“We are going to win so much” is a staple soundbite from President Donald Trump, and also is representative of his administration’s mindset to international negotiations.

President Trump favors bilateral trade deals and has been optimistically touting the US as the UK’s first FTA partner after Brexit. From the UK’s perspective, Prime Minister Boris Johnson also wants wins, partly due to the desire to uphold certain regulatory standards, and largely to maintain political, economic, and social security and stability post-Brexit to soften the blow of leaving the EU on the UK economy.

Join the co-chairs of our International Trade Practice,  Frank Samolis and George Grammas, and our London-based International Affairs Advisor, Matthew Kirk, a former diplomat for the UK government, for a virtual event on May 28, 2020 from 9 – 10:30 a.m. EDT.

As both countries were primed to begin negotiations, COVID-19 happened. On May 5, 2020, the long-anticipated US-UK FTA discussions finally began, virtually.

On May 28, 2020 at 9 a.m. EDT, in partnership with Content Enablers, our experts – based in Washington, DC and London – join together for a roundtable discussion to examine the relationship between the US and UK during a historic time in our collective human history, while both countries are in negotiations with each other for a mutually important trade agreement, also in parallel, they are engaging in negotiations with other trade partners around the world, and the shifting dynamics beyond the horizon.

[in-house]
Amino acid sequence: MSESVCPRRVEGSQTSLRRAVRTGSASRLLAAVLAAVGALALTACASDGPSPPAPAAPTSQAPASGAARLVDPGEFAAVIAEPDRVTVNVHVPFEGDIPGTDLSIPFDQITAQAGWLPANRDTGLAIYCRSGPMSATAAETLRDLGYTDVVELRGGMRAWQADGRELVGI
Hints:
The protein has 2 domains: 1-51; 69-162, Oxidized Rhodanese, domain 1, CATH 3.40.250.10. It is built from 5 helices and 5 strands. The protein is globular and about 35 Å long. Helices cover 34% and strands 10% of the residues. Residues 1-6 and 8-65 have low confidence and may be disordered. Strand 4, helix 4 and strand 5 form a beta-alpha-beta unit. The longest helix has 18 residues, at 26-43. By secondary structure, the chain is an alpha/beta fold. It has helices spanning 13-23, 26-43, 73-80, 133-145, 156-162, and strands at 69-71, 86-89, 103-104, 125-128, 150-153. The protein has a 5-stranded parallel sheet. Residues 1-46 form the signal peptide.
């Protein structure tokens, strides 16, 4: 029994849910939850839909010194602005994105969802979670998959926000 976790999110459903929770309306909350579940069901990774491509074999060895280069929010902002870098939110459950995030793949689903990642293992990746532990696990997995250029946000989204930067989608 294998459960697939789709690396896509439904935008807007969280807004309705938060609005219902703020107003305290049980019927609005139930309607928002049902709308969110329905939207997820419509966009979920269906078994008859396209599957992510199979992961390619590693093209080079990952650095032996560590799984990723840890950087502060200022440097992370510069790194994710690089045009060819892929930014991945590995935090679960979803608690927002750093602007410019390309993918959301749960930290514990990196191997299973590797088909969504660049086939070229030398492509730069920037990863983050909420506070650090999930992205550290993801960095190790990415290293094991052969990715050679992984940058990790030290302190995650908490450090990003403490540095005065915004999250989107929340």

May 28, 2020

9 – 10:30 a.m. EDT

Register here.

Topics of discussion will include:

  • The outcome of the first round of talks and what’s next
  • Each country’s negotiating priorities and strategies, meaningful agreements, absolute hard line, and the real-world implications, as well as how the COVID-19 pandemic has shifted or shuffled certain priorities
  • Regulatory and compliance hot spots (e.g., export controls; tariffs; sanitary and phytosanitary (SPS) measures; government procurement; and defense, national, and public security concerns, etc.)
  • Balancing the relationship with China, and with each other, and how politics may influence the trade negotiations and bilateral relations going forward
  • Involvement and power play in international organizations, such as the World Trade Organization


  • Frank Samolis
    Partner and Co-Chair, International Trade Practice, Washington DC
  • Matthew Kirk
    International Affairs Advisor, London

WATCH previews of the discussions by Frank Samolis and Matthew Kirk.

Image of Frank Samolis' headshot on video cover for 5/28 US-UK webinar preview






Matthew Kirk's headshot on video cover for 5/28 US-UK trade webinar preview






Moderated by:

  • George Grammas
    Partner and Co-Chair, International Trade Practice, Washington DC